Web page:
Design team: New 6th Street Viaduct will be 'more than just a bridge'
The 6th Street Bridge will be demolished and replaced with an entirely new bridge.
DOWNTOWN LOS ANGELES — As the 6th Street Viaduct inches closer to its demolition date, designers and city officials are championing the structure that's replacing it as being a catalyst for revitalization and much "more than just a bridge."
"It's all about the communities," said Gene Bougdanos, the L.A. vice president of design firm HNTB. "It's about access for not only the vehicles, but for bicycles and pedestrians -- and to provide a backdrop for some of the amenities that we showed in our concept."
Renderings for the new structure include highlighting the L.A. River and creating recreation spaces as well as sports courts underneath the bridge. A skate park and an outdoor plaza, that can host cafes, live music or public art is also being considered for the Arts District side of the structure.
Designers say they want the bridge to be more pedestrian friendly, with a separated walkway and ramps from the ground up to the top of the bridge to help cyclists gain access as well. The new structure will be modern and forward-looking, said Bougdanos, but also pay homage to its past by using arches as its central theme; the current bridge, built in 1933, is bordered by them.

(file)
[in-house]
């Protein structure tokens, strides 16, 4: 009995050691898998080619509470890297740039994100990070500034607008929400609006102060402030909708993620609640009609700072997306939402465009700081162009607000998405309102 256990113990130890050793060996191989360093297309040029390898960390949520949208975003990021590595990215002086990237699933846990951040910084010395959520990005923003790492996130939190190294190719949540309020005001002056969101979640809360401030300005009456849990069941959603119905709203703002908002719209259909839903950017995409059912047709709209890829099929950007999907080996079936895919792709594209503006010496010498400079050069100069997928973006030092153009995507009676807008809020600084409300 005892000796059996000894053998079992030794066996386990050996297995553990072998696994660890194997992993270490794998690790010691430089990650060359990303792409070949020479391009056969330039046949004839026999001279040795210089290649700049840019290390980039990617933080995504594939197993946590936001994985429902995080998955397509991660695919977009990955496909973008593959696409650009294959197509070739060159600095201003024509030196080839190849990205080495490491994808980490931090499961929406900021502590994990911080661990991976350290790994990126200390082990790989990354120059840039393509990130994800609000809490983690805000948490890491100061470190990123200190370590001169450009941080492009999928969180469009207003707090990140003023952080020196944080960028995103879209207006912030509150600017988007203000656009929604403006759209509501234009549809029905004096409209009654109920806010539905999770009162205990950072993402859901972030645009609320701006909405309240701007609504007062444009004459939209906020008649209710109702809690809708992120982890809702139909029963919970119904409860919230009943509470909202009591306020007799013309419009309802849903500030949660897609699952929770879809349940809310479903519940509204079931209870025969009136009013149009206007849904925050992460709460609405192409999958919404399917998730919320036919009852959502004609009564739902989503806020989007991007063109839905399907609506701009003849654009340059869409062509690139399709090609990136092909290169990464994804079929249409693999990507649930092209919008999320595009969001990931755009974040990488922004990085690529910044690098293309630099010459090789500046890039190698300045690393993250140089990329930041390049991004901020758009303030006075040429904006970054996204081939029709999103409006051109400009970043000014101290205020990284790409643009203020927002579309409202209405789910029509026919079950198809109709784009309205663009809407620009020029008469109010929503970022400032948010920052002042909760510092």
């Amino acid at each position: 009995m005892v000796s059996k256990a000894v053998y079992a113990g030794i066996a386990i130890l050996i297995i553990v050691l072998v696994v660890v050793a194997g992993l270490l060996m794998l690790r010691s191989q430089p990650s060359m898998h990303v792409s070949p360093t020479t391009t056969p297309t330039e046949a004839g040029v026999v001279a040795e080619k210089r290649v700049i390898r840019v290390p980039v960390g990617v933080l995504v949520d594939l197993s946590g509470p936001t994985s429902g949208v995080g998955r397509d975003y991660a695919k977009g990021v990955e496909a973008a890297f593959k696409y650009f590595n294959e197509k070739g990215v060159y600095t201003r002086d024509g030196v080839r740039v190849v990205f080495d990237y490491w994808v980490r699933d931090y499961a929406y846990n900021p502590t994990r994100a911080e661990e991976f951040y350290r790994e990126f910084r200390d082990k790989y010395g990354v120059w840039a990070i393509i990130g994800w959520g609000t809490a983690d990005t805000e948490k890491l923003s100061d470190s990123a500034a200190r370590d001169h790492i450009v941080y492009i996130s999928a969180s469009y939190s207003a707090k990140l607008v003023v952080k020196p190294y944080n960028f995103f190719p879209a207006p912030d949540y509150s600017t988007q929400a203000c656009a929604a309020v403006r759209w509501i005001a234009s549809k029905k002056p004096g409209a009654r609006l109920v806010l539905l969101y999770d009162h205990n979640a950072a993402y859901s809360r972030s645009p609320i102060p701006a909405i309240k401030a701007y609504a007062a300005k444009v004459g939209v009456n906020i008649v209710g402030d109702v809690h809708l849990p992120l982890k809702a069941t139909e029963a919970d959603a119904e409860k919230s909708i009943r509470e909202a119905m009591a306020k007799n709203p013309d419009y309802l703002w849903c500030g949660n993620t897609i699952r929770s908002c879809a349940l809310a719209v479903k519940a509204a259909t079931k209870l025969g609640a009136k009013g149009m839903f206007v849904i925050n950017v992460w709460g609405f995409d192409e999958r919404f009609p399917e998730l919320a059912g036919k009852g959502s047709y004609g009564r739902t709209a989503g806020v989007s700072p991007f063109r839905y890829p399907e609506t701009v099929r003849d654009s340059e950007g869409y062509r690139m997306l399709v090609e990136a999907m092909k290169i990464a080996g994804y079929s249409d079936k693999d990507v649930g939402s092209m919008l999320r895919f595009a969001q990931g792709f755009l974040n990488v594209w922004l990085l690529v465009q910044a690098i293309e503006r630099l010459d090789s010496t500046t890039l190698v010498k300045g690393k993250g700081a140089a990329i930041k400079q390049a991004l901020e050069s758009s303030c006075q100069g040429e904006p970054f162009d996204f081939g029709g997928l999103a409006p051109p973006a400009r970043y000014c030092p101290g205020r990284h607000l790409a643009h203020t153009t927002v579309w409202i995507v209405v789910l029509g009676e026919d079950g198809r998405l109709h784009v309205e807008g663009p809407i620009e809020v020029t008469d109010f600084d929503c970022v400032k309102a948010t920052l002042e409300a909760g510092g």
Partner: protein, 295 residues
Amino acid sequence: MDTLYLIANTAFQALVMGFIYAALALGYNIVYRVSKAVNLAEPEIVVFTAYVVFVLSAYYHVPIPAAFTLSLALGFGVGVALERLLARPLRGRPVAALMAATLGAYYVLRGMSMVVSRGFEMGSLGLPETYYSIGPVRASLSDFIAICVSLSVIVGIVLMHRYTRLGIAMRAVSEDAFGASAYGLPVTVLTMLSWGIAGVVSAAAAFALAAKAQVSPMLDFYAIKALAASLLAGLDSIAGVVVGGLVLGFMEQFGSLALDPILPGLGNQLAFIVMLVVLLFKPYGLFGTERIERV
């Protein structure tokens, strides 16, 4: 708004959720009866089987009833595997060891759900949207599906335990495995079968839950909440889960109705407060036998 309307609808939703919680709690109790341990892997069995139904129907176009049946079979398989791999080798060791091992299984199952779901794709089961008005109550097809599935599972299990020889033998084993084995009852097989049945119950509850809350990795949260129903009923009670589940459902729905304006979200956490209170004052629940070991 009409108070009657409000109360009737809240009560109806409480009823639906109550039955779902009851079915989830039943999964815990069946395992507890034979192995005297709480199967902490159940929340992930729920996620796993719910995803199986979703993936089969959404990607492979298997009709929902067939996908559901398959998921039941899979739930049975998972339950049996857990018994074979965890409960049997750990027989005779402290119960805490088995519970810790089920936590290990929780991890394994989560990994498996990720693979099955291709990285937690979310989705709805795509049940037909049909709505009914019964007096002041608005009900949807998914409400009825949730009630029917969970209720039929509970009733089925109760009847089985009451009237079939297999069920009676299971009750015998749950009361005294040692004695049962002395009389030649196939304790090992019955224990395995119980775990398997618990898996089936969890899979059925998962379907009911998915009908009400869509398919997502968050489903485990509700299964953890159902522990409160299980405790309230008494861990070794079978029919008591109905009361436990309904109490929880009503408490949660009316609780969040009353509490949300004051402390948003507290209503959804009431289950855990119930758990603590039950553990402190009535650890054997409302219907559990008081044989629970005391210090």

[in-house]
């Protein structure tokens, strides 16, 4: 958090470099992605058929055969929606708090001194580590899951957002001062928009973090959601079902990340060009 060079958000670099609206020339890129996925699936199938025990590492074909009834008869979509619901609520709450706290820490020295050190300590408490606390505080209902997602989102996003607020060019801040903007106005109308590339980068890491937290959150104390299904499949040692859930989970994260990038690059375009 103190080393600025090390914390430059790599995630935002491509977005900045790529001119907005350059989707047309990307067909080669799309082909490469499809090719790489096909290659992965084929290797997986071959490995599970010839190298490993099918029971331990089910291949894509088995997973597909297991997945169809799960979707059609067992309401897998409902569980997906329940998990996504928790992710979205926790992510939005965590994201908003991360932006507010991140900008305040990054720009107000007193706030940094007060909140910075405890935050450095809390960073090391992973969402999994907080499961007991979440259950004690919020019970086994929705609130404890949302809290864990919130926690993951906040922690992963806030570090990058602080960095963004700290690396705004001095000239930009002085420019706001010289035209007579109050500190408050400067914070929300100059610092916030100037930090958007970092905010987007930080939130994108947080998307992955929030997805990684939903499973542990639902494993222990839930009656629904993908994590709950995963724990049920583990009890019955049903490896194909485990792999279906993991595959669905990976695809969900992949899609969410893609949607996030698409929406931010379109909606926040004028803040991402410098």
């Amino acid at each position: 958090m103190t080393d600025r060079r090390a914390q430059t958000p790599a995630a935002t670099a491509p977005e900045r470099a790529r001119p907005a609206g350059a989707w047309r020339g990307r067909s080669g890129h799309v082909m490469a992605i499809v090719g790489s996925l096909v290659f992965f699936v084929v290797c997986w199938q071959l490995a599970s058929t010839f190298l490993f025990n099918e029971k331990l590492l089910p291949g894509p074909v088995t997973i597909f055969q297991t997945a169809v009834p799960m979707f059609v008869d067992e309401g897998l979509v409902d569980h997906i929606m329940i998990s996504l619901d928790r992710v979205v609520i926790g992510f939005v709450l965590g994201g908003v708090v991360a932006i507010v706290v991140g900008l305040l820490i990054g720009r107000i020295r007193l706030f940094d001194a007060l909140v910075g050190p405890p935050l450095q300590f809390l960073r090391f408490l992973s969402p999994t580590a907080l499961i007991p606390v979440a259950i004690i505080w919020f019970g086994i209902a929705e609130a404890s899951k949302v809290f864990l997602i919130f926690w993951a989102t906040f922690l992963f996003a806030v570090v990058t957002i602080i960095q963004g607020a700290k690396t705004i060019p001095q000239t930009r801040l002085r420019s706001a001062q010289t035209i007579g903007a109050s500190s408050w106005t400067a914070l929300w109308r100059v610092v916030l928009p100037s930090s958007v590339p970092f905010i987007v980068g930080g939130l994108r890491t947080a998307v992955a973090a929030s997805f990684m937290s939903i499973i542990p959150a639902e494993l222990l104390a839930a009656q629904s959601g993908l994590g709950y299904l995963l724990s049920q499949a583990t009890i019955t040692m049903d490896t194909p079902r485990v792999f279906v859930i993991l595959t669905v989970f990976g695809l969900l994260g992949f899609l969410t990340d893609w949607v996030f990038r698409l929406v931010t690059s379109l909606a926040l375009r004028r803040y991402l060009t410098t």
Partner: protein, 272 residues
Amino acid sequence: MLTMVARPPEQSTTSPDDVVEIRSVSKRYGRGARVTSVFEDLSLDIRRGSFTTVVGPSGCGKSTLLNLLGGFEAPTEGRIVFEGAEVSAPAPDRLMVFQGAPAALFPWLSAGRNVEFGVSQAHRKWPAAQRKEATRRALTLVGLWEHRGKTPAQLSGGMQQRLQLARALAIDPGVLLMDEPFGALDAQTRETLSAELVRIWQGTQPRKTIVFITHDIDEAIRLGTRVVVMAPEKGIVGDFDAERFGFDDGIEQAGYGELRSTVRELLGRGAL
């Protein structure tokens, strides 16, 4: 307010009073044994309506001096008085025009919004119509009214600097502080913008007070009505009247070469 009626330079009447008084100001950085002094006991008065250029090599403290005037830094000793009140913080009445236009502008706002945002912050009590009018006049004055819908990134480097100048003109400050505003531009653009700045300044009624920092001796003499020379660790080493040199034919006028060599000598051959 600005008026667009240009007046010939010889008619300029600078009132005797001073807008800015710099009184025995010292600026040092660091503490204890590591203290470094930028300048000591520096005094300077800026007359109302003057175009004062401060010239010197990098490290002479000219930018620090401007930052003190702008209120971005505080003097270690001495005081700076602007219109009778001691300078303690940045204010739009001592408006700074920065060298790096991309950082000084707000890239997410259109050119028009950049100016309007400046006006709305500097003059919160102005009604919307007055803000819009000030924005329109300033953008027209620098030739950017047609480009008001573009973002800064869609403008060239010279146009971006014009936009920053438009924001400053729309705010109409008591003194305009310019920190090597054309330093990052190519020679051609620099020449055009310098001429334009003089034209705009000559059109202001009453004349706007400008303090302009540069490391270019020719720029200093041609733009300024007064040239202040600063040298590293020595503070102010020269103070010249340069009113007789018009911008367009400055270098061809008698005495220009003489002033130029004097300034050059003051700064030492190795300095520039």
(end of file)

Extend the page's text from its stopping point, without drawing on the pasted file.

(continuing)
“From the beginning we viewed the replacement of the 6th Street viaduct as a major responsibility as well as if we were to be selected, it would be a huge honor," said Bougdanos. "Because of its iconic nature in the city of LA and that it’s revered, and is part of so much of the history of this part of the city.”
The 6th Street Bridge is one of L.A.'s most famous bridges, having made numerous appearances in TV shows, film shoots and commercials. But because of a chemical condition described as "concrete cancer," the structure is slowly crumbling from the inside and is at great risk of collapse during an earthquake.
After exploring retrofit options, the City decided the only realistic option would be to demolish and replace the bridge.
"That's one thing we still need to develop is a specific demolition plan," said Alfred Mata, the project manager for the City.
He said there will most likely not be any large, cinematic explosions, but rather the bridge will come down piece by piece, using a type of shield to protect surrounding neighborhoods from falling debris. Mata said they will aim to minimize street closures and maintain public access.
Bougdanos' firm HNTB is no stranger to taking on massive projects like this one -- they recently served as the lead design firm on the Carmageddon II project, where the 405 freeway was closed down in order to demolish a portion of the Mulholland Drive Bridge. Bougdanos said a similar strategy could be used for the 6th Street Bridge, temporarily closing streets to make way for demolition.
The 6th Street Bridge project will cost $401 million and construction is expected to begin in 2015. According to HNTB, the project will create almost 5,000 new jobs. The completed bridge is expected to open to the public by 2019.